if cycling could be

Discussion in 'Mountain Bikes' started by iguana, Apr 20, 2006.

  1. iguana

    iguana Guest

    if cycling could be made into the transport of the people
    again as it should be instead of just the helmet wearing subset there
    would be a stronger push for your better facilities. Too many people
    have been discouraged and alienated from cycling because they are
    adverse to wearing a helmet, There is no evidence that the law has
    worked in preventing injury so it should be reviewed, but the
    Government refuses to. That's while we should fight over it.
     
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  2. Tom Kunich

    Tom Kunich Guest

    It has NOTHING to do with helmets and everything to do with even the
    police pushing cyclists off of the road with motor vehicles.

    Start jailing those who threaten cyclists with vehicles and you'd see a
    large increase in cycle commuting.
     
  3. Josh Hassol

    Josh Hassol Guest

    iguana wrote:
    > if cycling could be made into the transport of the people
    > again as it should be instead of just the helmet wearing subset there
    > would be a stronger push for your better facilities. Too many people
    > have been discouraged and alienated from cycling because they are
    > adverse to wearing a helmet, There is no evidence that the law has
    > worked in preventing injury so it should be reviewed, but the
    > Government refuses to. That's while we should fight over it.


    You may be *intending* to start a flame war, but you probably have!

    Personally, I can't imagine anybody saying "gee, I'd love to use my
    bicycle for daily transportation, if only I didn't need to wear a
    helmet."

    Cheers!

    Josh
     
  4. Per Josh Hassol:
    >Personally, I can't imagine anybody saying "gee, I'd love to use my
    >bicycle for daily transportation, if only I didn't need to wear a
    >helmet."


    I could be one.... but then when I don't feel like it, I just don't wear the
    thing...
    --
    PeteCresswell
     
  5. bill

    bill Guest

    Other than NY state, where else is a a helmet required by law, for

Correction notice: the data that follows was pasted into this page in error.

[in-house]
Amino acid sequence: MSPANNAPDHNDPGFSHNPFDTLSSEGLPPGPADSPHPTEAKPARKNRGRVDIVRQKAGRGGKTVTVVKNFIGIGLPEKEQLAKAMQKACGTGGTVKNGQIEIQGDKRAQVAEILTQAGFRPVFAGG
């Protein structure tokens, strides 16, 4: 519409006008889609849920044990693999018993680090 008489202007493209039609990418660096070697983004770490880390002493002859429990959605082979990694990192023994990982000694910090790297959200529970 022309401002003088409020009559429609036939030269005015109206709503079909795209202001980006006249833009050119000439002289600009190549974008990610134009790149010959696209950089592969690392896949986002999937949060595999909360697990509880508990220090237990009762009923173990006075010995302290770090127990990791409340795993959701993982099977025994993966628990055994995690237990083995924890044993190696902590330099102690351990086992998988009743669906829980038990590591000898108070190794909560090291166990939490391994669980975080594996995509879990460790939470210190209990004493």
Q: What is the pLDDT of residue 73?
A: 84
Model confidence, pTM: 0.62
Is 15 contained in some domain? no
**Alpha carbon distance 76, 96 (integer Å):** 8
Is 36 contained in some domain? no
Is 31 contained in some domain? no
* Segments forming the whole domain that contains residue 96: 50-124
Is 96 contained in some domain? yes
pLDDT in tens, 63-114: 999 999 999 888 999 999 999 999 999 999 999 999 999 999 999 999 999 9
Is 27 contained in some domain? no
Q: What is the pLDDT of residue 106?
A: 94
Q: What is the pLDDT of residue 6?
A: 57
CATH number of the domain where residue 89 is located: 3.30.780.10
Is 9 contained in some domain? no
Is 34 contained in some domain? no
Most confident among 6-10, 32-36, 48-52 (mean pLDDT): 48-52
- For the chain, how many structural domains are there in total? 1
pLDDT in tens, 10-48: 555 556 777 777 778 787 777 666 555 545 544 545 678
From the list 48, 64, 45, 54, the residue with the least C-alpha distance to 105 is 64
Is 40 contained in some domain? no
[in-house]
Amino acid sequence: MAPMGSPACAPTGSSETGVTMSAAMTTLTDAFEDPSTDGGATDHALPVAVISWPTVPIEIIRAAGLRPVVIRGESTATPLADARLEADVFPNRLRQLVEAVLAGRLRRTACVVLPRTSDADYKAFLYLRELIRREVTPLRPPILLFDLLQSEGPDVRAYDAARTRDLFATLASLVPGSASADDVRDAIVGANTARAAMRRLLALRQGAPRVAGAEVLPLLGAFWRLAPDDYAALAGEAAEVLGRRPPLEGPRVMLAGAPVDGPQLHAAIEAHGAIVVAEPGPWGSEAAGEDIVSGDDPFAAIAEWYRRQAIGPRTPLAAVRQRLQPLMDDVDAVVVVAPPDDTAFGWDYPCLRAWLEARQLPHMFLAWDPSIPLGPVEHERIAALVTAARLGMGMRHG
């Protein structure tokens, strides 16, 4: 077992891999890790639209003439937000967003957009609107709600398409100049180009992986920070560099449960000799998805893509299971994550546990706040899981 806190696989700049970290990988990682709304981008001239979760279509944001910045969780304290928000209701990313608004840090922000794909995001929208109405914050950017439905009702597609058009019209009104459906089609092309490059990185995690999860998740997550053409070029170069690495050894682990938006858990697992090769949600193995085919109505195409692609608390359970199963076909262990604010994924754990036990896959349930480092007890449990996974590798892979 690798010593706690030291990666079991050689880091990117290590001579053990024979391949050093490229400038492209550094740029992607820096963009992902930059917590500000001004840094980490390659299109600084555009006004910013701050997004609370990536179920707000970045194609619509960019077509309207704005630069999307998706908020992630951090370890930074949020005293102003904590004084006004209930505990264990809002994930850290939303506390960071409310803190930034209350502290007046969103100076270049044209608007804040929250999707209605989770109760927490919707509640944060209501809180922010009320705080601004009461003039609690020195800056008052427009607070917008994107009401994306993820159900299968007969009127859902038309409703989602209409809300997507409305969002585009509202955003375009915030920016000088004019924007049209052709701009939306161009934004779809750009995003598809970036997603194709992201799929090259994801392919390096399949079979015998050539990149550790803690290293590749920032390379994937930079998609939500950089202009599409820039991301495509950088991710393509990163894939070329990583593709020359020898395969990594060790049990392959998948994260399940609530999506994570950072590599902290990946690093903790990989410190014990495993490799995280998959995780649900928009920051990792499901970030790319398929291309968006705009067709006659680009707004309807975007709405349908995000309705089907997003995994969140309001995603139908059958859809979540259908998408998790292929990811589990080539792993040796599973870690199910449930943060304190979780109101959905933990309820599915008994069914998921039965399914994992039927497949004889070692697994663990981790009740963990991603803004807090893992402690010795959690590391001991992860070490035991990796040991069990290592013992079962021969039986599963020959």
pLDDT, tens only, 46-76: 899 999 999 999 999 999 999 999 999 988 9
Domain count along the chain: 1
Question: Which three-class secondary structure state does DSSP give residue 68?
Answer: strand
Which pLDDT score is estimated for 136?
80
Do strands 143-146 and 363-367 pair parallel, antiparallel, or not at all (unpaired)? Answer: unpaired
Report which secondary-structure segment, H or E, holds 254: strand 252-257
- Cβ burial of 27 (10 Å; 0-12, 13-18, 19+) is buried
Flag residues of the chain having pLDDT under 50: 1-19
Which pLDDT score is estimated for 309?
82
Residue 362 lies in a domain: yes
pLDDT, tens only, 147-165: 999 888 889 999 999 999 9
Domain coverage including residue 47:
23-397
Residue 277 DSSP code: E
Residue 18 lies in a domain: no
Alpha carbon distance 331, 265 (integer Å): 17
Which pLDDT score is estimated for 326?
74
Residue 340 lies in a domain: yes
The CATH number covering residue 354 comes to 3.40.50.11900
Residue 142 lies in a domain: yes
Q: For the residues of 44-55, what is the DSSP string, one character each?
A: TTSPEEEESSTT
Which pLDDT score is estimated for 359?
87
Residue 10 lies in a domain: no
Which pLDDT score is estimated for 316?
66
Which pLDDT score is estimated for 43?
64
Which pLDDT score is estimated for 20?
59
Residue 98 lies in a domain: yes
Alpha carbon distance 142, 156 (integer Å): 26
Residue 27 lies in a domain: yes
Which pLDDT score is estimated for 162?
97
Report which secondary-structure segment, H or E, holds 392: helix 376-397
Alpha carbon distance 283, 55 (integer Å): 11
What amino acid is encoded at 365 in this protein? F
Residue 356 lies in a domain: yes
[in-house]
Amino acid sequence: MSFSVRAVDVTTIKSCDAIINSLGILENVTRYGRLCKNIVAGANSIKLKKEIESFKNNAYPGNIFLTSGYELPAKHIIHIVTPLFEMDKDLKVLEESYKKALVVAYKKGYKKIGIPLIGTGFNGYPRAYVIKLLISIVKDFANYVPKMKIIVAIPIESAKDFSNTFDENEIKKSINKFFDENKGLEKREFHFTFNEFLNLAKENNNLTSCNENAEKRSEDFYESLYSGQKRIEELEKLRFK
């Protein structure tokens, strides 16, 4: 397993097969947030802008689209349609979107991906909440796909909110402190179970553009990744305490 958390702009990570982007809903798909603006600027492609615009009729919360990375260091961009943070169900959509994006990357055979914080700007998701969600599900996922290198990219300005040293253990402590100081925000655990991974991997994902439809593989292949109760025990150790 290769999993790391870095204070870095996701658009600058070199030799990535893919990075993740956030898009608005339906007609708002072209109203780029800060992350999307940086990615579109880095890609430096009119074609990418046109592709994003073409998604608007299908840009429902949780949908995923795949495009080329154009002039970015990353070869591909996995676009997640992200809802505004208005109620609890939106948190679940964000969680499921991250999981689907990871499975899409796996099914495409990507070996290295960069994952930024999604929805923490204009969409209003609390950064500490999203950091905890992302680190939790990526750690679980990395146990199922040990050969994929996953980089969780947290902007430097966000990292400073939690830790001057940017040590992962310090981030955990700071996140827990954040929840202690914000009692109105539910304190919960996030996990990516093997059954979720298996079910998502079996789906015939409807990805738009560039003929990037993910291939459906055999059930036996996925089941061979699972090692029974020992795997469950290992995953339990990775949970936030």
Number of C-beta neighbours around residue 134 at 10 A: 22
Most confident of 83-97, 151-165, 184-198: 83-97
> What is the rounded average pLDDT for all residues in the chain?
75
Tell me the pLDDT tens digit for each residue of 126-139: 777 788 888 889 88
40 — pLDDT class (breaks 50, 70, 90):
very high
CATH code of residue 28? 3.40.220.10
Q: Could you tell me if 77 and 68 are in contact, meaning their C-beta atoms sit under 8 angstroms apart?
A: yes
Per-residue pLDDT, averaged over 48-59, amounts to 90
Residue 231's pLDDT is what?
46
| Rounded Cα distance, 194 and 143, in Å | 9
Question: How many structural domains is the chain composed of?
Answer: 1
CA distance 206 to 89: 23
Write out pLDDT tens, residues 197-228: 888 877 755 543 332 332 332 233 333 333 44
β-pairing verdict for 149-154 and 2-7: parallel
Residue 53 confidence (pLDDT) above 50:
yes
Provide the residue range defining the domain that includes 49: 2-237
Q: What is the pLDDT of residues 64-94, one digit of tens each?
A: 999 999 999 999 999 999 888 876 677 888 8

adult cyclists?
     
  6. Len

    Len Guest

    No, Tom, it's not just about cagers attacking bicyclists. It's about
    selfish people.

    It's about people who use the sidewalks for their own personal
    expressway. And people who ignore traffic control, like one way
    streets, stop lines, stop signs, and traffic lights. And people who
    believe in "sharing the road", ie passing the other vehicles in 6" or
    free lane, but then believe in "taking the lane" when they get in front
    of everybody.

    One of the advantages of using bicycles is that it takes up less space.
    "One less car". But when we ride along 2 or 3 abreast, just so we can
    chat, and block the other traffic, the cagers see us as time wasting
    twits. That's what causes road rage, and that's why some of them like
    to run us off the road.

    Granted, there are a few bicyclists who believe in observing the laws
    of the road. But the ones who don't are the ones who are most visible.
    They're the ones who make the public think that we're a bunch of
    anarchists.
     
  7. Dane Buson

    Dane Buson Guest

    our complaint properly
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    bill <[email protected]> wrote:
    > Other than NY state, where else is a a helmet required by law, for
    > adult cyclists?


    Lots of individual cities and some larger municipalities. King county
    here in Washington state has such a law.

    --
    Dane Buson - [email protected]
    You are never given a wish without also being given the
    power to make it true. You may have to work for it, however.
    -- R. Bach, "Messiah's Handbook : Reminders for the Advanced Soul"
     
  8. dgk

    dgk Guest

    On 20 Apr 2006 10:27:00 -0700, "bill" <[email protected]> wrote:

    >Other than NY state, where else is a a helmet required by law, for
    >adult cyclists?


    I live in NY and do not believe that a helmet is required for adults.
    14 and younger, yes.
     
  9. bill

    bill Guest